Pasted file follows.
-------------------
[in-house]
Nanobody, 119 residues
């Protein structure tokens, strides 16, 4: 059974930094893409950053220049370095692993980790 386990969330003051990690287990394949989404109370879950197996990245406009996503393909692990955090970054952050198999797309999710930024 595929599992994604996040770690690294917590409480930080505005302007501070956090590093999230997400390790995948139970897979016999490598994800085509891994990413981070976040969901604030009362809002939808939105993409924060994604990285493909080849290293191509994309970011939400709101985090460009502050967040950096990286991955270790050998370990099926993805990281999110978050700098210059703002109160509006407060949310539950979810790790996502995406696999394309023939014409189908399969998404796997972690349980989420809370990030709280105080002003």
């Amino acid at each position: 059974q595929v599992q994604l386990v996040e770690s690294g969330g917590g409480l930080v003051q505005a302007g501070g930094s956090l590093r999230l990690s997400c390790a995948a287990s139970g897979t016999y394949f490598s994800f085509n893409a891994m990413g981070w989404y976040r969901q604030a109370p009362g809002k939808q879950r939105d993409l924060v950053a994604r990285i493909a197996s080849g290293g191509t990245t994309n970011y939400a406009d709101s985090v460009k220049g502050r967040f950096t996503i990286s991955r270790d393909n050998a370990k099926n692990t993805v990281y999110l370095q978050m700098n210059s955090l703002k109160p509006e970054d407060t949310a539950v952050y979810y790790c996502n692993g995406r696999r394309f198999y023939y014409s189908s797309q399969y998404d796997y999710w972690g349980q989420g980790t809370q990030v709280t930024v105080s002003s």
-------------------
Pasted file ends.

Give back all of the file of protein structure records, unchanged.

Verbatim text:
[in-house]
Nanobody, 119 residues
């Protein structure tokens, strides 16, 4: 059974930094893409950053220049370095692993980790 386990969330003051990690287990394949989404109370879950197996990245406009996503393909692990955090970054952050198999797309999710930024 595929599992994604996040770690690294917590409480930080505005302007501070956090590093999230997400390790995948139970897979016999490598994800085509891994990413981070976040969901604030009362809002939808939105993409924060994604990285493909080849290293191509994309970011939400709101985090460009502050967040950096990286991955270790050998370990099926993805990281999110978050700098210059703002109160509006407060949310539950979810790790996502995406696999394309023939014409189908399969998404796997972690349980989420809370990030709280105080002003």
């Amino acid at each position: 059974q595929v599992q994604l386990v996040e770690s690294g969330g917590g409480l930080v003051q505005a302007g501070g930094s956090l590093r999230l990690s997400c390790a995948a287990s139970g897979t016999y394949f490598s994800f085509n893409a891994m990413g981070w989404y976040r969901q604030a109370p009362g809002k939808q879950r939105d993409l924060v950053a994604r990285i493909a197996s080849g290293g191509t990245t994309n970011y939400a406009d709101s985090v460009k220049g502050r967040f950096t996503i990286s991955r270790d393909n050998a370990k099926n692990t993805v990281y999110l370095q978050m700098n210059s955090l703002k109160p509006e970054d407060t949310a539950v952050y979810y790790c996502n692993g995406r696999r394309f198999y023939y014409s189908s797309q399969y998404d796997y999710w972690g349980q989420g980790t809370q990030v709280t930024v105080s002003s």